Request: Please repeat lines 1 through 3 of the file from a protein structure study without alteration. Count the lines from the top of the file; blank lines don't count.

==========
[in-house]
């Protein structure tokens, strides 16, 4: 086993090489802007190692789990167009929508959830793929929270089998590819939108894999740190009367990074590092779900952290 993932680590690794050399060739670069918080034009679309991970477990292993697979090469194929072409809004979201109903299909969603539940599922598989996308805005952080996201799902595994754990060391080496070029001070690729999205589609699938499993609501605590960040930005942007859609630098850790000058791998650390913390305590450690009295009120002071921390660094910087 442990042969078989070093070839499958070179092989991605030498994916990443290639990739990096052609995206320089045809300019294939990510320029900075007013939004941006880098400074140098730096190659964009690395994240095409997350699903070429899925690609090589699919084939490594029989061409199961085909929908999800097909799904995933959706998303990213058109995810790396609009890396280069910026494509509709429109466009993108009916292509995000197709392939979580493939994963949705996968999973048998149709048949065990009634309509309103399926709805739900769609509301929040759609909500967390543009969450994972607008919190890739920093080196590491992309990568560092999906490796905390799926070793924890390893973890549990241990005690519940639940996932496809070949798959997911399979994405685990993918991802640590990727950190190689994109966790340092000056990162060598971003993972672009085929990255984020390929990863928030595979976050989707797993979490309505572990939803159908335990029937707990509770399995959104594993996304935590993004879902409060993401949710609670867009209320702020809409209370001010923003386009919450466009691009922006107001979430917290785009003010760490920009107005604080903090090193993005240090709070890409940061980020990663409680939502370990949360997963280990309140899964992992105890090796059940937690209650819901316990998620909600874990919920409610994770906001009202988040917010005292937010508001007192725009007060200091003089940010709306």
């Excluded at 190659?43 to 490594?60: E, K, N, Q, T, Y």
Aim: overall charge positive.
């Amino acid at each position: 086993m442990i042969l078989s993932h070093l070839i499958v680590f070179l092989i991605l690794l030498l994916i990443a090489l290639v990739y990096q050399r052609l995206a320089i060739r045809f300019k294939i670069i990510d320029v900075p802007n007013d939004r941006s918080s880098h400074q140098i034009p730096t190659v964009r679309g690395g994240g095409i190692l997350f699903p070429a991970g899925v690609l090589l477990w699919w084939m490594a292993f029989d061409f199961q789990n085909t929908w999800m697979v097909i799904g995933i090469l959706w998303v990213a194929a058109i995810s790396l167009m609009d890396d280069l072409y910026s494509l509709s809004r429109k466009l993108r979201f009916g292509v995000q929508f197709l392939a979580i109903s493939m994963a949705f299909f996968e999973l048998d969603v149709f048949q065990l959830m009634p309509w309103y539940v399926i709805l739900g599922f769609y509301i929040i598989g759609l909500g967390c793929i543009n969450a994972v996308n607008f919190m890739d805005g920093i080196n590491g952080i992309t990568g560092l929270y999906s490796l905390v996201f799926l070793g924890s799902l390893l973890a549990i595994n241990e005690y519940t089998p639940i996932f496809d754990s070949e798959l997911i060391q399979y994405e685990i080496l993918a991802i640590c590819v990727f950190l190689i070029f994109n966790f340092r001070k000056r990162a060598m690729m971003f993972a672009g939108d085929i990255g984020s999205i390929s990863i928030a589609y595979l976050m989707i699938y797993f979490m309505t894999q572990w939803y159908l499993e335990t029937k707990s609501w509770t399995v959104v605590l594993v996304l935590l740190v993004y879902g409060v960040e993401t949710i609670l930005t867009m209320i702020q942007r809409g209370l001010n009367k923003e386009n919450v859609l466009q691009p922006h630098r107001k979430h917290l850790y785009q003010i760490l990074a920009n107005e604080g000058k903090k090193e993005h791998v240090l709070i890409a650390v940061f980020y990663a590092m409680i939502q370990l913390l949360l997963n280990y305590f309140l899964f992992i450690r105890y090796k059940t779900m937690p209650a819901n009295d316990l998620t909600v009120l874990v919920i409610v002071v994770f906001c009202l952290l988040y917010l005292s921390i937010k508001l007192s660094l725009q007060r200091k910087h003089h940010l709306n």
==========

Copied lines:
[in-house]
């Protein structure tokens, strides 16, 4: 086993090489802007190692789990167009929508959830793929929270089998590819939108894999740190009367990074590092779900952290 993932680590690794050399060739670069918080034009679309991970477990292993697979090469194929072409809004979201109903299909969603539940599922598989996308805005952080996201799902595994754990060391080496070029001070690729999205589609699938499993609501605590960040930005942007859609630098850790000058791998650390913390305590450690009295009120002071921390660094910087 442990042969078989070093070839499958070179092989991605030498994916990443290639990739990096052609995206320089045809300019294939990510320029900075007013939004941006880098400074140098730096190659964009690395994240095409997350699903070429899925690609090589699919084939490594029989061409199961085909929908999800097909799904995933959706998303990213058109995810790396609009890396280069910026494509509709429109466009993108009916292509995000197709392939979580493939994963949705996968999973048998149709048949065990009634309509309103399926709805739900769609509301929040759609909500967390543009969450994972607008919190890739920093080196590491992309990568560092999906490796905390799926070793924890390893973890549990241990005690519940639940996932496809070949798959997911399979994405685990993918991802640590990727950190190689994109966790340092000056990162060598971003993972672009085929990255984020390929990863928030595979976050989707797993979490309505572990939803159908335990029937707990509770399995959104594993996304935590993004879902409060993401949710609670867009209320702020809409209370001010923003386009919450466009691009922006107001979430917290785009003010760490920009107005604080903090090193993005240090709070890409940061980020990663409680939502370990949360997963280990309140899964992992105890090796059940937690209650819901316990998620909600874990919920409610994770906001009202988040917010005292937010508001007192725009007060200091003089940010709306």
């Excluded at 190659?43 to 490594?60: E, K, N, Q, T, Y």